The Eschatological Traditions pt. 1

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The Eschatological traditions of the Catholic faith can seem overwhelming at first glance; however, a fantastic place to begin to understand what Catholics believe is found in an explanation of the faith by Michael Pennock in his book This is Our Faith. Pennock goes over every single element of the end times and explains it in a manner that can be understood by the laity.

Heaven

Heaven, as described by Pennock, is the reward of “eternal life spent in union with God and all those who share in God’s life. (p.156) Those who die in God’s friendship, grace, and purified will share in this eternal life. Pennock explains that “Heaven is the name for this superabundant life in communion with the loving Triune God, the Blessed Mother, the angels, and saints. It is the community of all who fully incorporated into Christ.” As Pennock illustrates it is best described by the book of Revelation 21:4 RSV:

4 he will wipe away every tear from their eyes, and death shall be no more, neither shall there be mourning nor crying nor pain any more, for the former things have passed away.”

In Heaven, Christians will have the opportunity to experience what is known in Christian theology as beatific vision, a vision that will allow us to view God finally face-to-face. (p.157) Christians are reminded of this opportunity by Moses’ relationship with God in Exodus 34:29-35:

29 When Moses came down from Mount Sinai, with the two tables of the testimony in his hand as he came down from the mountain, Moses did not know that the skin of his face shone because he had been talking with God. 30 And when Aaron and all the people of Israel saw Moses, behold, the skin of his face shone, and they were afraid to come near him. 31 But Moses called to them; and Aaron and all the leaders of the congregation returned to him, and Moses talked with them. 32 And afterward all the people of Israel came near, and he gave them in commandment all that the Lord had spoken with him in Mount Sinai. 33 And when Moses had finished speaking with them, he put a veil on his face; 34 but whenever Moses went in before the Lord to speak with him, he took the veil off, until he came out; and when he came out, and told the people of Israel what he was commanded, 35 the people of Israel saw the face of Moses, that the skin of Moses’ face shone; and Moses would put the veil upon his face again, until he went in to speak with him.

Hell

The common belief of fire and brimstone of Hell is a false description of the actual place. However, it does describe the pain of what is truly Hell. Hell is the eternal separation from God, a reward for one who chooses themselves and rejects God’s love. A result that God allows not because he a malevolent dictator as New Atheism would like to portray him, but instead because he “respects human freedom, a freedom that can pridefully refuse God’s grace, love, and mercy…a person is free to reject that invitation through living a selfish, heartless, and unloving life. God respects that choice.” (p.159) In the parable of Lazarus is a very telling explanation of those who have chosen to reject God’s love, Lk 16:29-31 RSV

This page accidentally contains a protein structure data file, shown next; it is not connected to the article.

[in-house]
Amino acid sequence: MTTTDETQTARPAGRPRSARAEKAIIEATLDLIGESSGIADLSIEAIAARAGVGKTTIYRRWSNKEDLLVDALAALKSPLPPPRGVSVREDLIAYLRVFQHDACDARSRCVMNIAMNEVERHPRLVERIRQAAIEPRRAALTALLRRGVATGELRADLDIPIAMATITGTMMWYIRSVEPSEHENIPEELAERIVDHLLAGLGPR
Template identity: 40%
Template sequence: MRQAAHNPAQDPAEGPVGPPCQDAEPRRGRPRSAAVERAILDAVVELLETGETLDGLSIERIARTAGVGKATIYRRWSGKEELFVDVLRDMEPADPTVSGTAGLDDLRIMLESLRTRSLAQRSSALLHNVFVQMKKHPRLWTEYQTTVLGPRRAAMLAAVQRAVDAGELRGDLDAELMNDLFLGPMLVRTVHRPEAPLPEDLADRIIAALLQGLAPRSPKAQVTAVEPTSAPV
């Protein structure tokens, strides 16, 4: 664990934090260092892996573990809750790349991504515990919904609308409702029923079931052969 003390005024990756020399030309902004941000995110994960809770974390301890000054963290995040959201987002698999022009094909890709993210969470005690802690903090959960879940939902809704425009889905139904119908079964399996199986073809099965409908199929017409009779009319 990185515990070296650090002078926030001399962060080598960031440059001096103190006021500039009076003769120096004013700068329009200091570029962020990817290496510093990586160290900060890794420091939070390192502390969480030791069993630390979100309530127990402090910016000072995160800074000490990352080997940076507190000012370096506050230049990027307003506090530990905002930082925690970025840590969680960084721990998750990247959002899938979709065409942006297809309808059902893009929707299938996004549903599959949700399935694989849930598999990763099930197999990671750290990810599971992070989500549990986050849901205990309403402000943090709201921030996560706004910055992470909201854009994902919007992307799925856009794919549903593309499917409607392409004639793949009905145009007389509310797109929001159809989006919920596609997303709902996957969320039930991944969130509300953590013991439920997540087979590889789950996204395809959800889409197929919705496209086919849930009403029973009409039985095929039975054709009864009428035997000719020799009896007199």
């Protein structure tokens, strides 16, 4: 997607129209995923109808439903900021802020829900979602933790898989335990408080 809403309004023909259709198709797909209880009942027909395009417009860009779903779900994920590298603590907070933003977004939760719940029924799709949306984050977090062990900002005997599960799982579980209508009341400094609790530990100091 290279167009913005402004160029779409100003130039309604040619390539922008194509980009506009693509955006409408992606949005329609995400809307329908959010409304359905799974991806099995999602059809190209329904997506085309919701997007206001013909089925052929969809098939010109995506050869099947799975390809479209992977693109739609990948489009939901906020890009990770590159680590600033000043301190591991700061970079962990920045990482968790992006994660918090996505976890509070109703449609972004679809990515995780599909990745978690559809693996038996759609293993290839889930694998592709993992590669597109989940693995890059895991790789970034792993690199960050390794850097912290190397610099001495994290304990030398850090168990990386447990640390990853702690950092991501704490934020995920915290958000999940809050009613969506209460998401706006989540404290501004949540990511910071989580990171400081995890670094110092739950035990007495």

29 But Abraham said, ‘They have Moses and the prophets; let them hear them.’ 30 And he said, ‘No, father Abraham; but if some one goes to them from the dead, they will repent.’ 31 He said to him, ‘If they do not hear Moses and the prophets, neither will they be convinced if some one should rise from the dead.’”

Purgatory

Church Doctrine teaches of the existence of Purgatory, which is the final purification and cleansing of our sins so that we can enter Heaven. Pennock explains, “We pass through the fire of God’s love which enables us to embrace completely the all-holy God with open hearts. Purgatory is necessary because, as the book of Revelation teaches, only a clean person can enter heaven.” (p. 157) The process of purification, or purgatory, is a process that is painful; however, the pain is rooted in a pain of letting go of our selfish attachments when passing into Heaven. (p.158) Furthermore, as explained by Pennock, it may be explained that “persons ‘burn’ with remorse because they are not yet one with God who is infinite goodness and love. This temporary separation from God due to our own actions on earth does bring suffering.” (p. 158)

The best scriptural evidence for purgatory is found in 2 Maccabees 12:41-45, a passage that encourages the living to pray for the dead, so they can be released from their sin. 2 Maccabees is a book that was ripped from the Canon of the Bible by the Protestant reformers due to its evidence of purgatory. In 1st century Judea, all books that were part of the deuterocanonical would have been considered canonical, even by Christ and the Apostles, as those during the era would use the Septuagint, which included the text.

41 So they all blessed the ways of the Lord, the righteous Judge, who reveals the things that are hidden; 42 and they turned to prayer, beseeching that the sin which had been committed might be wholly blotted out. And the noble Judas exhorted the people to keep themselves free from sin, for they had seen with their own eyes what had happened because of the sin of those who had fallen. 43 He also took up a collection, man by man, to the amount of two thousand drachmas of silver, and sent it to Jerusalem to provide for a sin offering. In doing this he acted very well and honorably, taking account of the resurrection. 44 For if he were not expecting that those who had fallen would rise again, it would have been superfluous and foolish to pray for the dead. 45 But if he was looking to the splendid reward that is laid up for those who fall asleep in godliness, it was a holy and pious thought. Therefore he made atonement for the dead, that they might be delivered from their sin.

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